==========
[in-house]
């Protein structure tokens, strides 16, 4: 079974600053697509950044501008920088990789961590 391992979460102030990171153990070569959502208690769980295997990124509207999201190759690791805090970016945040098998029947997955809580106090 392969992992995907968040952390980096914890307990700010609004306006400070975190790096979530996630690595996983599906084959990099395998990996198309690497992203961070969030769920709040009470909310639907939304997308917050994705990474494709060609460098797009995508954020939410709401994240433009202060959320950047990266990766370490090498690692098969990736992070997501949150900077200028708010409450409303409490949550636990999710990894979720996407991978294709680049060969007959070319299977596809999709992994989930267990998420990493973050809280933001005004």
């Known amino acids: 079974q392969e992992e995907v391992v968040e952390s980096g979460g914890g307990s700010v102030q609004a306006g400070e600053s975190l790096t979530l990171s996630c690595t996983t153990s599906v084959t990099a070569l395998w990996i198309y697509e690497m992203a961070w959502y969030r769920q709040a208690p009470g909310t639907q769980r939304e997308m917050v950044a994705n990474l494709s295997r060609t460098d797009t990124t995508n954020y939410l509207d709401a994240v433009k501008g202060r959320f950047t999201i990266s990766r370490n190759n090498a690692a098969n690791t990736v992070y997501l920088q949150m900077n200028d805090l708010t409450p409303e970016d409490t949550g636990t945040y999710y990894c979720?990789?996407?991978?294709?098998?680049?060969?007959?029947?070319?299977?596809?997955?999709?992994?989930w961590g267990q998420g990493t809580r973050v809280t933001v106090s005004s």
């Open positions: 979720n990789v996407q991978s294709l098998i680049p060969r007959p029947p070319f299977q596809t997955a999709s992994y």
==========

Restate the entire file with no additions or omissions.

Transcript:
[in-house]
């Protein structure tokens, strides 16, 4: 079974600053697509950044501008920088990789961590 391992979460102030990171153990070569959502208690769980295997990124509207999201190759690791805090970016945040098998029947997955809580106090 392969992992995907968040952390980096914890307990700010609004306006400070975190790096979530996630690595996983599906084959990099395998990996198309690497992203961070969030769920709040009470909310639907939304997308917050994705990474494709060609460098797009995508954020939410709401994240433009202060959320950047990266990766370490090498690692098969990736992070997501949150900077200028708010409450409303409490949550636990999710990894979720996407991978294709680049060969007959070319299977596809999709992994989930267990998420990493973050809280933001005004």
């Known amino acids: 079974q392969e992992e995907v391992v968040e952390s980096g979460g914890g307990s700010v102030q609004a306006g400070e600053s975190l790096t979530l990171s996630c690595t996983t153990s599906v084959t990099a070569l395998w990996i198309y697509e690497m992203a961070w959502y969030r769920q709040a208690p009470g909310t639907q769980r939304e997308m917050v950044a994705n990474l494709s295997r060609t460098d797009t990124t995508n954020y939410l509207d709401a994240v433009k501008g202060r959320f950047t999201i990266s990766r370490n190759n090498a690692a098969n690791t990736v992070y997501l920088q949150m900077n200028d805090l708010t409450p409303e970016d409490t949550g636990t945040y999710y990894c979720?990789?996407?991978?294709?098998?680049?060969?007959?029947?070319?299977?596809?997955?999709?992994?989930w961590g267990q998420g990493t809580r973050v809280t933001v106090s005004s």
């Open positions: 979720n990789v996407q991978s294709l098998i680049p060969r007959p029947p070319f299977q596809t997955a999709s992994y």